JERUSALEM (Sep. 14)
Attorney General Yitzhak Zamir issued a legal opinion last night indicating that further delay by Premier Menachem Begin in submitting his formal resignation could constitute an impropriety.
But Zamir made it clear that the two weeks which have elapsed since Begin announced his intention to resign are a “reasonable” and “acceptable” period under the law which provides for a two-step procedure when a Prime Minister resigns. His opinion was a rebuttal to some legal experts who have accused Begin of offending the letter and spirit of the law by not formalizing his resignation sooner.
Zamir explained that the law requires a Prime Minister to announce his intentions and then submit a formal letter of resignation to the President. The “reasonable” and “acceptable” interim between these steps varies according to specific instances and circumstances, the Attorney General said. The purpose is to allow time for the Premier to be dissuaded and for inter-party consultations inasmuch as his resignation automatically brings down his government.
Zamir suggested that a period of “about two weeks” for this procedure could be considered “reasonable” but delay beyond that linked to political consultations would be excessive and would vitiate the effect of the Premier’s original announcement or render it in operative. In that case, the process would have to begin again with a new announcement of intention.
Zamir’s opinion, requested by Deputy Premier David Levy, appeared to put Begin on notice that he must present his formal letter of resignation to President Chaim Herzog within the next day or so. But there is a growing belief in Israel that Begin’s inaction is no longer due to political considerations but to his ill health.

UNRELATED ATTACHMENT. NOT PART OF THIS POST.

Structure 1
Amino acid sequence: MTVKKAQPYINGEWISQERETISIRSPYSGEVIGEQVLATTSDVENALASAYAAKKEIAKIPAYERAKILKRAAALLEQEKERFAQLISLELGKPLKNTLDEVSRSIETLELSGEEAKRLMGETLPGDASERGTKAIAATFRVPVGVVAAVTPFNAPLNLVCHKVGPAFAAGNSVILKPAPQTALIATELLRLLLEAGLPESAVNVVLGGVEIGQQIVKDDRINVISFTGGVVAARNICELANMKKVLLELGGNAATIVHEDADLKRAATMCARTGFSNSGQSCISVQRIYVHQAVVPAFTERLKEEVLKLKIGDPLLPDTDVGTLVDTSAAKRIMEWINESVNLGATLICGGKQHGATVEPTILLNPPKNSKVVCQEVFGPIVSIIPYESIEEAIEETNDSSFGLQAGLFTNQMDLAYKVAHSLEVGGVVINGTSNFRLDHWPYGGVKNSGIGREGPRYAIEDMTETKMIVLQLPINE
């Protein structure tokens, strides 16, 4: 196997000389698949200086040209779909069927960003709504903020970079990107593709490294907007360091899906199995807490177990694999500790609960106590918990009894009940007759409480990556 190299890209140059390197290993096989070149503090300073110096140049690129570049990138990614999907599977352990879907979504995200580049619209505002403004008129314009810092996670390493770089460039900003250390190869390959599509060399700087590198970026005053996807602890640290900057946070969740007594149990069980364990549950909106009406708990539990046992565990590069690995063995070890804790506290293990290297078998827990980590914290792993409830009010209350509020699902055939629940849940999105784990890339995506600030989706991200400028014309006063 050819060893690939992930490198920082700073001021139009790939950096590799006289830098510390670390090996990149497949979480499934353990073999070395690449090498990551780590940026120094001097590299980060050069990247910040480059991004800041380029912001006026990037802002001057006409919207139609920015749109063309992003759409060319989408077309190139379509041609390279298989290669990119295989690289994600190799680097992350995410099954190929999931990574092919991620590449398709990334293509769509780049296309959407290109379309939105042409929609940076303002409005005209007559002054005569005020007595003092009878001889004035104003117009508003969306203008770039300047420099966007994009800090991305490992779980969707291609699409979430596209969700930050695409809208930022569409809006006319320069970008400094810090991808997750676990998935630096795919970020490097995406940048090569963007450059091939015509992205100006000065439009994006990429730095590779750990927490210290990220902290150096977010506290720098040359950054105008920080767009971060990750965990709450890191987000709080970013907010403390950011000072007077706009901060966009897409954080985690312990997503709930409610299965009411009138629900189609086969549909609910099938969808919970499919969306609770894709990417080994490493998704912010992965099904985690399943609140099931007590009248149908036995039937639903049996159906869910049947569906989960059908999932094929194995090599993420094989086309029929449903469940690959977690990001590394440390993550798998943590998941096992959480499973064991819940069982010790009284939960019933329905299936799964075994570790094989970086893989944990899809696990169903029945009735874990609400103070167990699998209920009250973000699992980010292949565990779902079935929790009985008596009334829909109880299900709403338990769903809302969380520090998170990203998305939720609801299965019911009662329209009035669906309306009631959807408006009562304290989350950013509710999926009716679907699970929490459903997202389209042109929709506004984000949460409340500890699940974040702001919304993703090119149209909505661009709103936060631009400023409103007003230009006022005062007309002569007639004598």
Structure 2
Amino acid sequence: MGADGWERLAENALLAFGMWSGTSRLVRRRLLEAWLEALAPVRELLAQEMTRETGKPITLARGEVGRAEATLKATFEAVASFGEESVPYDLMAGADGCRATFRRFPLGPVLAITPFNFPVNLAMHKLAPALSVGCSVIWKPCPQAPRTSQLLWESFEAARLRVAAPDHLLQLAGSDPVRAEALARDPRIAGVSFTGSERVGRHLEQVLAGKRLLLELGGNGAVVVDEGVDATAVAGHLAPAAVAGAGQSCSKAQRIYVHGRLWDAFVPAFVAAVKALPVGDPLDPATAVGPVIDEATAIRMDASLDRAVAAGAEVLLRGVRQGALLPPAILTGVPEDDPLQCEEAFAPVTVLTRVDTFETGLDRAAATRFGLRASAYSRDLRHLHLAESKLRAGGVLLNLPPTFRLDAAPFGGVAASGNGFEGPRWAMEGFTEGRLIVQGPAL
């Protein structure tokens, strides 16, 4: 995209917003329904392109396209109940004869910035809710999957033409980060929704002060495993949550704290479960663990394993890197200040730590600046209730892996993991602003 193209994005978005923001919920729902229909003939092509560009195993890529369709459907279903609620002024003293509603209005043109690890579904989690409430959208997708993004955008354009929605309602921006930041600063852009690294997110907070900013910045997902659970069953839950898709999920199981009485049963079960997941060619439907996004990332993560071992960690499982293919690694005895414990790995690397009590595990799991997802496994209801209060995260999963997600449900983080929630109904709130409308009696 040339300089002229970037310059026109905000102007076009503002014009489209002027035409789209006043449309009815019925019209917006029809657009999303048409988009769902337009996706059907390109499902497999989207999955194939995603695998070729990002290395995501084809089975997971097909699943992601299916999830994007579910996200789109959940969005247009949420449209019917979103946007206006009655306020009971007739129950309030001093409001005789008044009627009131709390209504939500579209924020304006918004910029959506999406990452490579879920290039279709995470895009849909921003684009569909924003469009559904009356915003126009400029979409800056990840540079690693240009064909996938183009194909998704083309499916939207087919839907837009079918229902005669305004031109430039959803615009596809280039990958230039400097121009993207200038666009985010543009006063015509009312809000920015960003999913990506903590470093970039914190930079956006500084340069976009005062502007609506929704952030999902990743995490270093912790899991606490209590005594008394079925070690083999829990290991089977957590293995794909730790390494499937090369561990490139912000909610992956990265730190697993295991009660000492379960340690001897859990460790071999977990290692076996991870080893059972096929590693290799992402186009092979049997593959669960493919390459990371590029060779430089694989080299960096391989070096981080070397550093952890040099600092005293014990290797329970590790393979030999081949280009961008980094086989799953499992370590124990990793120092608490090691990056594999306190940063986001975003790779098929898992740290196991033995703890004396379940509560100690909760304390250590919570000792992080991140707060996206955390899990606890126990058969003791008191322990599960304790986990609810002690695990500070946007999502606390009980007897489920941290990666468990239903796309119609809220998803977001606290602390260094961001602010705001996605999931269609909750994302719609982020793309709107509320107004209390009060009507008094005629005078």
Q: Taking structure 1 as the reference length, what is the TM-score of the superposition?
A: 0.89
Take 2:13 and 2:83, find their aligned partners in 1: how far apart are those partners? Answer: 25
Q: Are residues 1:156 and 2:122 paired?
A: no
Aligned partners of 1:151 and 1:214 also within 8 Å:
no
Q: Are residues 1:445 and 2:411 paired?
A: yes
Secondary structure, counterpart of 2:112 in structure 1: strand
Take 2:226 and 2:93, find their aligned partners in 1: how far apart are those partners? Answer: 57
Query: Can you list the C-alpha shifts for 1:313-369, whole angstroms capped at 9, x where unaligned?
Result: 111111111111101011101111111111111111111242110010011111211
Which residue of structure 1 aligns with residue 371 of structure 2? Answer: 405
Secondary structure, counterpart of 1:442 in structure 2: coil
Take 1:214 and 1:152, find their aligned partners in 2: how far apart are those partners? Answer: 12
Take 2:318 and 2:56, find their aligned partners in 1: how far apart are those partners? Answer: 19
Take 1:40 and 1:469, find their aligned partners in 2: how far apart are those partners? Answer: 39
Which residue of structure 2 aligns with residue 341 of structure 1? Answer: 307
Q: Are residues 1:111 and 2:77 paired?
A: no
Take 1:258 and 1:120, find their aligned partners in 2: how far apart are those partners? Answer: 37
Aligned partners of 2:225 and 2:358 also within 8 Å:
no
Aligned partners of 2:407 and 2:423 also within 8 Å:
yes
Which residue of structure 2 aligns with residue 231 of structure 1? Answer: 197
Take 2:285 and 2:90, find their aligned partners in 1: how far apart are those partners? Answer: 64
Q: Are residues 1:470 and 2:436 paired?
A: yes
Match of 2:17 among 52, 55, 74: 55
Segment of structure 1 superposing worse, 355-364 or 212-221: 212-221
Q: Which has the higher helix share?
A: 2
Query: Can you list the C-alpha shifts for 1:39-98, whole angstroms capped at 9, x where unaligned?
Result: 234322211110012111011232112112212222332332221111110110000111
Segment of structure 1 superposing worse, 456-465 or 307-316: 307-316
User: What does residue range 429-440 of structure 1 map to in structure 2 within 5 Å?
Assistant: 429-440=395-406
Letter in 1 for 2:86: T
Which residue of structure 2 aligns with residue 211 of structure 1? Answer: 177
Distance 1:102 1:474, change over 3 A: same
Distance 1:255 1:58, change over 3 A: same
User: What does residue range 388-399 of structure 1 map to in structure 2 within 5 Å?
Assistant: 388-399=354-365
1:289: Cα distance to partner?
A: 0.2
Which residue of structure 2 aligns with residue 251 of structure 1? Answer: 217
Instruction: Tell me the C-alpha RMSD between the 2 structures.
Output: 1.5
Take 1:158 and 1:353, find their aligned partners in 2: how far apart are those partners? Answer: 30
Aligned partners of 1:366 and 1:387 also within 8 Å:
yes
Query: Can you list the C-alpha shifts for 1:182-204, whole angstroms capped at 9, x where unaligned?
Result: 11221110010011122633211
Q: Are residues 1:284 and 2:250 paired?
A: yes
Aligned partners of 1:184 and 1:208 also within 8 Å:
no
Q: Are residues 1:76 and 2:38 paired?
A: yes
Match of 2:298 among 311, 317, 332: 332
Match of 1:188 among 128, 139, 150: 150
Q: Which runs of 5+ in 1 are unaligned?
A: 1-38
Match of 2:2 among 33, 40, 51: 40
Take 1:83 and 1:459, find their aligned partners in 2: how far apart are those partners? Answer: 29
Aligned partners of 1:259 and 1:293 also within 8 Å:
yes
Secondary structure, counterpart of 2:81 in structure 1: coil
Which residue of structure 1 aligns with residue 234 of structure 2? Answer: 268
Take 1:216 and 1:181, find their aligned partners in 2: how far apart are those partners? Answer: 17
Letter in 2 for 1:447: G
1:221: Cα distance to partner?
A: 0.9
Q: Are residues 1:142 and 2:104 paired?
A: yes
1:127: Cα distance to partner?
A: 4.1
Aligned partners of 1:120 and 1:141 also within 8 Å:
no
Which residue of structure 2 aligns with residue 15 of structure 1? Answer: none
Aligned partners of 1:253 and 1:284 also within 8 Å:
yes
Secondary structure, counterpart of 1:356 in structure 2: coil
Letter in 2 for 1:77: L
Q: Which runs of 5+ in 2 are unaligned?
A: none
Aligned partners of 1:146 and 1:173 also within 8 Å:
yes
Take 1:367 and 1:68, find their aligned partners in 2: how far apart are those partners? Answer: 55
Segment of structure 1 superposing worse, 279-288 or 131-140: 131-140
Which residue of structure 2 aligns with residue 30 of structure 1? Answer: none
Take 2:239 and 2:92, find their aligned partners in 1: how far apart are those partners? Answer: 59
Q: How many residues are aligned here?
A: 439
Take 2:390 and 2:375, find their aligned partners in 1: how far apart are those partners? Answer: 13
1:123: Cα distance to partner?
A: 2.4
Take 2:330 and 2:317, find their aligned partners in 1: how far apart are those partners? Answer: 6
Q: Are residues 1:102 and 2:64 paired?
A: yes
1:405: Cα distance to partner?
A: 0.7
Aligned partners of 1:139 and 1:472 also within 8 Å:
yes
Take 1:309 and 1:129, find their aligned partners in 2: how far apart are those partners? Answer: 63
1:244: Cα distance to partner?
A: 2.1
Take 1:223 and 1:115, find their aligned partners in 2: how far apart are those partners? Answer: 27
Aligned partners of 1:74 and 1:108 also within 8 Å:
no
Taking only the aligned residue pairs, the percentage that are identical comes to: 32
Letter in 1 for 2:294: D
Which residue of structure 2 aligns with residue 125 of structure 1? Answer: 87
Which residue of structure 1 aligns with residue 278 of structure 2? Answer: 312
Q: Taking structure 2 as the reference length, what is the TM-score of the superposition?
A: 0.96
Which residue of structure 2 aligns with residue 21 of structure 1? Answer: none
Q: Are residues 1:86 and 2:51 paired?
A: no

SHAMIR, ARENS HANDLING DAILY MATTERS
The precise nature of Begin’s illness is not known. He has been confined to his home for seven consecutive days. He delegated Levy to chair the weekly Cabinet meeting last Sunday but has not asked the Deputy Premier to fill in on other matters.
He is reportedly keeping abreast of developments while at home. It is understood, however, that Foreign Minister Yitzhak Shamir and Defense Minister Moshe Arens are handling day-to-day matters — primarily the crisis in Lebanon — without disturbing Begin for frequent consultations.
Shamir, elected to succeed Begin as leader of Likud has obtained the agreement of the coalition parties to support him to form a new government as soon as Begin’s resignation is in hand. Sources said today that Begin has delayed his visit to Herzog because he does not feel well enough to face the massive media attention that would follow his formal act of resignation.
Under the law, he could submit his letter by messenger but Begin is said to feel that would be an unseemly breach of the dignity of his office. Sources close to Begin say he hopes that rest at home will strengthen him sufficiently to present his resignation in person.